Standard Chartered Bank‘s Sigrid Müller on hybrid workforces

Sigrid believes they could be the solution to many questions around the future of work.

As the restrictions that were put in place to combat Covid-19 have been lifted, some companies have opened their offices and employees can expect a very different workplace to the one pre-pandemic. 

Sigrid Müller, Standard Chartered Bank’s head of HR for South & southern Africa says it is now clear that the implications of the pandemic have resulted in new norms of working worldwide and a new structure of a hybrid work model is emerging. This new structure will allow employees to create a work-from-home schedule at their convenience, while still having the option to come into the office to connect with colleagues on their teams. 

“The hybrid work model can be fully supported by strategic planning and technology to keep employees connected, whether they choose to be in the office or working remotely. To build an inclusive hybrid culture, it is critical to place the remote worker at the centre of all company activities,” says Sigrid, adding that companies with a strong hybrid culture will need to focus on developing a digital culture that will include experiences for remote employees and allow teams to complement those with in-person events.

“The workplace will look very different in the next five years. Before the pandemic, there was a shift to more flexible work patterns and the pandemic has significantly accelerated this change. Standard Chartered recognises this change and continues to find new ways of working and flexible options that will work for both the organisation and employees,” she says.

Sigrid says the office environment is still important but, how space is designed and utilised will need to adapt to the current circumstances. There will be a greater need for collaborative space that will allow cross-functional teams to get together for idea generation, and work on specific projects and initiatives if required. New technologies will need to be fully utilised to allow members to either be physically present or join remotely to contribute to the outcome.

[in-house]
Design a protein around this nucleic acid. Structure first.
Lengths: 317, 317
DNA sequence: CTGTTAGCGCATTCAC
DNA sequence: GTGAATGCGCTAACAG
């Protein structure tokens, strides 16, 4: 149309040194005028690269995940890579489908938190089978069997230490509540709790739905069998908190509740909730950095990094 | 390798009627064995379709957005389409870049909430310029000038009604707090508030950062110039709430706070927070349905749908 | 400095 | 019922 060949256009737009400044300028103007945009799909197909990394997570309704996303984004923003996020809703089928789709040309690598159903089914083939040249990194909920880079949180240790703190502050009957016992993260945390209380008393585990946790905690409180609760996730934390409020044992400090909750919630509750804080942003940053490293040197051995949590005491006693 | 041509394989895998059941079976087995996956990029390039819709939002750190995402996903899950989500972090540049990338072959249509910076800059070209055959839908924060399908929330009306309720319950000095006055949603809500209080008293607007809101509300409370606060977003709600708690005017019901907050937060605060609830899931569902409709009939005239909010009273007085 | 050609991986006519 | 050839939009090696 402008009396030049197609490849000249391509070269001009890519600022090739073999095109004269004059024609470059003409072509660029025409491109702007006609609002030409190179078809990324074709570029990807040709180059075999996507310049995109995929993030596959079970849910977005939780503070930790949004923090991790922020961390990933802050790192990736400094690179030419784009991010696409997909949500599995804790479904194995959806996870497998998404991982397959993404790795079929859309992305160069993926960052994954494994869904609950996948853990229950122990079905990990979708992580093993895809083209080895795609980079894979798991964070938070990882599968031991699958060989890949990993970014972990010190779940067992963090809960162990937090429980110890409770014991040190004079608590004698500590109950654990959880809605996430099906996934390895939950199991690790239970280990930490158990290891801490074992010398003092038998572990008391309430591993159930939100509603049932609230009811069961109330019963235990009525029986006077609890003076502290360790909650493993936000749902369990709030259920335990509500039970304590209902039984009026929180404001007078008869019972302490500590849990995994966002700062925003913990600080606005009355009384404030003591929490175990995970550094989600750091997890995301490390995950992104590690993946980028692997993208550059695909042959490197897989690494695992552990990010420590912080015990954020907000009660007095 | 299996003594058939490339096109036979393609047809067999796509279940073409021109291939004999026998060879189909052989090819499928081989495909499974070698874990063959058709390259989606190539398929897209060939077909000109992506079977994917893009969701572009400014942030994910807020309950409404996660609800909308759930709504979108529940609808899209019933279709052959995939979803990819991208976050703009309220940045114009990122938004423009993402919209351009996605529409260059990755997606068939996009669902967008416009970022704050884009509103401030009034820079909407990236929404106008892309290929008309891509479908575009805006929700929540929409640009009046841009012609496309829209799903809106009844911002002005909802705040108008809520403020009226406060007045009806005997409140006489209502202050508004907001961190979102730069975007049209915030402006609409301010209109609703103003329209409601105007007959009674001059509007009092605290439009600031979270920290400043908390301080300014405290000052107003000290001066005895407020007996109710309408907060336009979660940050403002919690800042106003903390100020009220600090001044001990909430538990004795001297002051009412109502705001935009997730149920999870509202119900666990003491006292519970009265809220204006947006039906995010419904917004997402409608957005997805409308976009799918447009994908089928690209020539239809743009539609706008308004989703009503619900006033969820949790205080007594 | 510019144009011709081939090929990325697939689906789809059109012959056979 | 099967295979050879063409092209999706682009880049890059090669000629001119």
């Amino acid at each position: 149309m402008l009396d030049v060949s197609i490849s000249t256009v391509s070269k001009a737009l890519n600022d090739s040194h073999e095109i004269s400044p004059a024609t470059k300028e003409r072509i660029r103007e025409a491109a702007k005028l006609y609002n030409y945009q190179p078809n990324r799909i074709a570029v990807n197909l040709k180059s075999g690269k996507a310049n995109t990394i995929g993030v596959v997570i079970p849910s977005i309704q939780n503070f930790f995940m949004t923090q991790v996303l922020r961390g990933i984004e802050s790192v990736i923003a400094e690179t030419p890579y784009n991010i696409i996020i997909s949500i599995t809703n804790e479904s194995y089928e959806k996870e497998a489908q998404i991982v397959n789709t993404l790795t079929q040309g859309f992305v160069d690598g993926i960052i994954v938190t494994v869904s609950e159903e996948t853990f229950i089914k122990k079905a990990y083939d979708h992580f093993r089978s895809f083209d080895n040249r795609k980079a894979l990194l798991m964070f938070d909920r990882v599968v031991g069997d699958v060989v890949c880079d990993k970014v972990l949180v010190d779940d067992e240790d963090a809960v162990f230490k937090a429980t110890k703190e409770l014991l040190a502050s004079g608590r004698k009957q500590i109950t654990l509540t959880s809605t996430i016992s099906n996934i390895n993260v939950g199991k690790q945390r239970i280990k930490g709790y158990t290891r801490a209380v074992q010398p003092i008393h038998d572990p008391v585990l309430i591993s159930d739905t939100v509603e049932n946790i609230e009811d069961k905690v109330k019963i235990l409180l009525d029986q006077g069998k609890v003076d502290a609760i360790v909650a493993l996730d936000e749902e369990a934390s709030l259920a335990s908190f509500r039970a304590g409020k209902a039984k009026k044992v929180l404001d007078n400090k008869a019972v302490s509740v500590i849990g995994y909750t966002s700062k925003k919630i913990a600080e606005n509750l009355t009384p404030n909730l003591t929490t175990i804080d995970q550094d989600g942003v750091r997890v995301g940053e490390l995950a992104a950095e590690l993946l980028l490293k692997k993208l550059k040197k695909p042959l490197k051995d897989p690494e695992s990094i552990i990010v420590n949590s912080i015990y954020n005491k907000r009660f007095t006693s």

Furthermore, employees are now working longer hours since working remotely and lines are being blurred between home and work life. Organisations need to support their employees in enabling them to build resilience and find the balance that works for them and the organisation. Employee wellbeing is important and there is no better time than now for organisations to focus on this. 

“People leaders need to stay in touch with staff to assist those who have been battling to adjust to this new way of working. Transparent and frequent communication will help employees be engaged and be part of the team. Looking at new ways of working that listen to the needs of employees will help to maintain morale and improve it,” she says.

Company culture and leadership are key

Crucial to the success of hybrid working models, however, is the organisational culture, which Sigrid says needs to embrace new technologies and new ways of working. 

“In 2020, Standard Chartered launched a new online learning platform enabling all employees to drive their learning and development,” she explains. “This was done by identifying their areas of interest, learning at the employees’ own pace in their own space, while giving them relevant and up-to-date content at their fingertips.” 

Leadership is also key as effective leaders need to create the space to not only engage their teams on work-related matters but also engage on a more social level. It is also important to have team engagements just to check in with employees and how they are managing their challenges.

“Leaders must embrace new ways of working, provide authentic leadership to their teams and at the same time be vulnerable and accessible to their teams,” says Sigrid, adding that this will not be an easy transition, but a very important one to keep employees involved and motivated. 

“In a post-Covid-19 era, organisations must leverage this opportunity to measure their internal shortcomings and address these through the execution of a comprehensive digital workplace. At the end of the day, the true measure of a successful team is the positive delivery of key objectives,” she concludes.